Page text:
Editor’s note July 2020

By MYRLE VANDERSTRAETEN, Published in Editor's Note

Looking back at the different roads people could have taken often makes for a salutary lesson, sometimes it brings with it a sense of relief that the decision taken brought such a positive outcome.


What a different world we would have been living in had the Chinese authorities had the balls to 'fess up to the concerns they had with the then unknown virus that was taking hold in Wuhan.

The South African government took decisive steps at the onset of COVID-19. Some of those steps, often taken on the advice of experts, have been recognised as wise and necessary, others have been viewed with disbelief. Of these was the ban on alcohol and, probably none more so than, the ongoing ban on tobacco. The initial health concerns tied to a possible increase in complications should smokers get the virus was understandable. However, concerns about sharing cigarettes didn't make a great deal of sense in light of how many food stuffs are probably shared – a bite for you, a bite for me – not much different from a puff for me, a puff for you... And now there are some indications that smokers are less likely than non-smokers to fall ill with COVID-19 – Pitié-Salpêtrière Hospital in Paris reported in May that "current smoking status appears to be a protective factor against the infection by SARS-CoV-2", "nicotine may be suggested as a potential preventive agent against COVID-19 infection", based on scientific literature and the hospital's own observations. The study did add, however, "Nicotine is a drug of abuse responsible for smoking addiction".

I am grateful I don't smoke. Given what one hears about the quality of cigarettes being bought with some desperation on the black market, the concern of those associated with the ban should have increased considerably – those smokers' coughs have got progressively worse. What is of concern to many South Africans is the revenue being lost to the country while enriching black marketeers. SARS recently released information that shows excise taxes between April 2019 and March 2020 amounted to R14.5 billion. This is approximately R40 million a day – a lot to lose – and those running the black market must be smiling.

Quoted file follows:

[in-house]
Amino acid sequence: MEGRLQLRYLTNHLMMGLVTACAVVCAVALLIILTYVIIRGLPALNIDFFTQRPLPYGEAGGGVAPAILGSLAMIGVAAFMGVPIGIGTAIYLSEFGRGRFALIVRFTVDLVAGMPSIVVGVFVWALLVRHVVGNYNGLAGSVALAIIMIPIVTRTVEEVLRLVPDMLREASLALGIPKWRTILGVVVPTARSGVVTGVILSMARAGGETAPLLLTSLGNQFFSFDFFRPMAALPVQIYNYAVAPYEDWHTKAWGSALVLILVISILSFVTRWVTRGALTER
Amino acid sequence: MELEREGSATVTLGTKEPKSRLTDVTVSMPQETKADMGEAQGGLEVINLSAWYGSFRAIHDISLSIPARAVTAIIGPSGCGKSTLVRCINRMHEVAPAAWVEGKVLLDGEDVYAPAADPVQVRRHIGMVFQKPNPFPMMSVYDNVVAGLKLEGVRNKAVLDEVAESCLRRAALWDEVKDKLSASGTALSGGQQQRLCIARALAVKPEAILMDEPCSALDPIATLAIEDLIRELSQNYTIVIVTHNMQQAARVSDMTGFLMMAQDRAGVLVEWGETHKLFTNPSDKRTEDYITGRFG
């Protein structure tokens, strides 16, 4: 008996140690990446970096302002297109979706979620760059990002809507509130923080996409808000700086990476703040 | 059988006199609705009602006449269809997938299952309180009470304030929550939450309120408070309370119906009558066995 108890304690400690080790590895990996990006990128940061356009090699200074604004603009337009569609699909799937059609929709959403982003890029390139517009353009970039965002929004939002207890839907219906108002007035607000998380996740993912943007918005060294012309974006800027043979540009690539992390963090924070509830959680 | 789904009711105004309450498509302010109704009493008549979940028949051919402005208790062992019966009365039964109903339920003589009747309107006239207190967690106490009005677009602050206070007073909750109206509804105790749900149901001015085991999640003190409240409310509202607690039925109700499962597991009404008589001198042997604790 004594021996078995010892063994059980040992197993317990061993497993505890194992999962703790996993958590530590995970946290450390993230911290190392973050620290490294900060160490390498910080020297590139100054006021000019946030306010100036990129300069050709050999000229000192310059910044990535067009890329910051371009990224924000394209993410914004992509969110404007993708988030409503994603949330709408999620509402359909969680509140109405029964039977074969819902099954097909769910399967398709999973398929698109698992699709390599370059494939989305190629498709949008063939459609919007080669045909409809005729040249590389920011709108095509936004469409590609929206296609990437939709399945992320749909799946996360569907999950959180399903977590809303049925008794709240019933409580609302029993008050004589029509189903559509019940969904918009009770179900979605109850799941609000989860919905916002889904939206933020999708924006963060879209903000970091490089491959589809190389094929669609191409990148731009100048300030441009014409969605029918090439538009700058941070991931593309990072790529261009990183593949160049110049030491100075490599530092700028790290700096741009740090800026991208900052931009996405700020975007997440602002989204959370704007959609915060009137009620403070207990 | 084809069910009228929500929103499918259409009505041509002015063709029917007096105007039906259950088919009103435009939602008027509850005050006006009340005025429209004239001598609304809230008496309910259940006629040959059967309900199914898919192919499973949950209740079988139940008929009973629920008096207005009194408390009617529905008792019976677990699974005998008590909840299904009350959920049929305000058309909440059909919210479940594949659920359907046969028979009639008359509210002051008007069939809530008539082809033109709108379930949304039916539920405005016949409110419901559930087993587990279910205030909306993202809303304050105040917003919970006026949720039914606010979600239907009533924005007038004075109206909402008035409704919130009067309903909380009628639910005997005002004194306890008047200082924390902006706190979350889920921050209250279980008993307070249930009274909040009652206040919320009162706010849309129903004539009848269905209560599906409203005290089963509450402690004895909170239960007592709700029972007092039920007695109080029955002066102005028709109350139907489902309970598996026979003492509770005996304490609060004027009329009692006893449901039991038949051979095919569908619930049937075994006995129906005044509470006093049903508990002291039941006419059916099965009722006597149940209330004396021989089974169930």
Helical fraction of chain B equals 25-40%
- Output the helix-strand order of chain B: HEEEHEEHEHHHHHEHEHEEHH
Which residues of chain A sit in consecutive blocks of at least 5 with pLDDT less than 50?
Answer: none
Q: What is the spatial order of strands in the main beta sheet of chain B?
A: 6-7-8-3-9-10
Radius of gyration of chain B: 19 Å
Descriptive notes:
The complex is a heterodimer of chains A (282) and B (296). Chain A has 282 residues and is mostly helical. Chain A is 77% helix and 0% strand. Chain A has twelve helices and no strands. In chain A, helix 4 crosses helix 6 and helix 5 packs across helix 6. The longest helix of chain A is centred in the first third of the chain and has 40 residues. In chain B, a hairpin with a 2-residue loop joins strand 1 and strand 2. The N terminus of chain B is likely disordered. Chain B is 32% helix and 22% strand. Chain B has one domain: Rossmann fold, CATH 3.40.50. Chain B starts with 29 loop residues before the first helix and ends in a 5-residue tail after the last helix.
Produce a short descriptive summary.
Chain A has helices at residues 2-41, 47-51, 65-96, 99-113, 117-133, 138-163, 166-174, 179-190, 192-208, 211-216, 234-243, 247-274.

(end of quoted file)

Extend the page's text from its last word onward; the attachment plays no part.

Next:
Former SARS lawyer, Telita Snyckers, is the author of Dirty Tobacco; she commented during a radio interview that the cost of the ongoing ban of tobacco products is an estimated R1.6 billion a month which, over three months, could have provided 200 000 social grant payments and funded 66 000 police officers' salaries. She had other interesting revelations – I look forward to reading the book. She commented on the role played by Minister Nkosazana Dlamini Zuma: "The issue is the regulations that she has didn't empower her to include cigarettes in the lockdown regulations. When you look at the way that the government has dealt with this case, it isn't about tobacco any more, it is about government overreach, and it is about government acting in good faith and about (it) being able to back up its policy decisions with sound science".

We have many informative and really 'good reads' in this July issue of without prejudice, among them two very interesting articles on the Myeni case. The arrogance of SAA's former chairperson, Dudu Myeni, is incredible. Even more incredible is that she was able to get away with destroying SAA; and one could be forgiven for thinking it was a one-'man' Board.

Now we are told that the draft business rescue plan involves approximately R4.6 billion in new bailouts. So much for government announcing it would not provide further bailouts. The Department of Public Enterprises confirmed that government had received the draft plan: "No decisions have been taken on some of the proposals it contains. We will review the plan, explore various funding options and communicate our decisions." Taxpayers have 'no money, honey'.

And, to make us all feel a little happier, read Steven Mushet's article on how digging for the right solution can make the world a better place. It can also encourage us all to go that extra mile – it really is worth it.